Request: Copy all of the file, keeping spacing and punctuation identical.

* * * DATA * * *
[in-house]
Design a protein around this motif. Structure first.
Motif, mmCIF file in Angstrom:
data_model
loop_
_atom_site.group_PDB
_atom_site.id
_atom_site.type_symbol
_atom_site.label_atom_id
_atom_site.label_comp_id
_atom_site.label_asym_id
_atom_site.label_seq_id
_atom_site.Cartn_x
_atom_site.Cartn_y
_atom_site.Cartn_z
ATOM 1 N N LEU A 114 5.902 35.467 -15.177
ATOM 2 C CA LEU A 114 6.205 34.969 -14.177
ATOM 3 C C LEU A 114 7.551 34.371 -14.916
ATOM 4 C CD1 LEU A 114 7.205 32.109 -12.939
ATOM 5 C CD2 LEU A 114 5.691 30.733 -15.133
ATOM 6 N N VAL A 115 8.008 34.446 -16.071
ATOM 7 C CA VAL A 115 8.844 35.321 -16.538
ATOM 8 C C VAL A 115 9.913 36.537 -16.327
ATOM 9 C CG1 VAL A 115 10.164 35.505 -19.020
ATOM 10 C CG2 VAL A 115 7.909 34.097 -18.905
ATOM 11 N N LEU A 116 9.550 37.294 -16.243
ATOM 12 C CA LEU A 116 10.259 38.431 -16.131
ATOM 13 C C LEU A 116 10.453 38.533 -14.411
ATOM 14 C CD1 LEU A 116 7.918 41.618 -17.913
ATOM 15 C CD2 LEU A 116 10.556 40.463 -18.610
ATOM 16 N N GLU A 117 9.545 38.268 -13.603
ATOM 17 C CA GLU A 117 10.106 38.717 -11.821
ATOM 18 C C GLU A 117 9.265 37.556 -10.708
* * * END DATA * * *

[in-house]
Design a protein around this motif. Structure first.
Motif, mmCIF file in Angstrom:
data_model
loop_
_atom_site.group_PDB
_atom_site.id
_atom_site.type_symbol
_atom_site.label_atom_id
_atom_site.label_comp_id
_atom_site.label_asym_id
_atom_site.label_seq_id
_atom_site.Cartn_x
_atom_site.Cartn_y
_atom_site.Cartn_z
ATOM 1 N N LEU A 114 5.902 35.467 -15.177
ATOM 2 C CA LEU A 114 6.205 34.969 -14.177
ATOM 3 C C LEU A 114 7.551 34.371 -14.916
ATOM 4 C CD1 LEU A 114 7.205 32.109 -12.939
ATOM 5 C CD2 LEU A 114 5.691 30.733 -15.133
ATOM 6 N N VAL A 115 8.008 34.446 -16.071
ATOM 7 C CA VAL A 115 8.844 35.321 -16.538
ATOM 8 C C VAL A 115 9.913 36.537 -16.327
ATOM 9 C CG1 VAL A 115 10.164 35.505 -19.020
ATOM 10 C CG2 VAL A 115 7.909 34.097 -18.905
ATOM 11 N N LEU A 116 9.550 37.294 -16.243
ATOM 12 C CA LEU A 116 10.259 38.431 -16.131
ATOM 13 C C LEU A 116 10.453 38.533 -14.411
ATOM 14 C CD1 LEU A 116 7.918 41.618 -17.913
ATOM 15 C CD2 LEU A 116 10.556 40.463 -18.610
ATOM 16 N N GLU A 117 9.545 38.268 -13.603
ATOM 17 C CA GLU A 117 10.106 38.717 -11.821
ATOM 18 C C GLU A 117 9.265 37.556 -10.708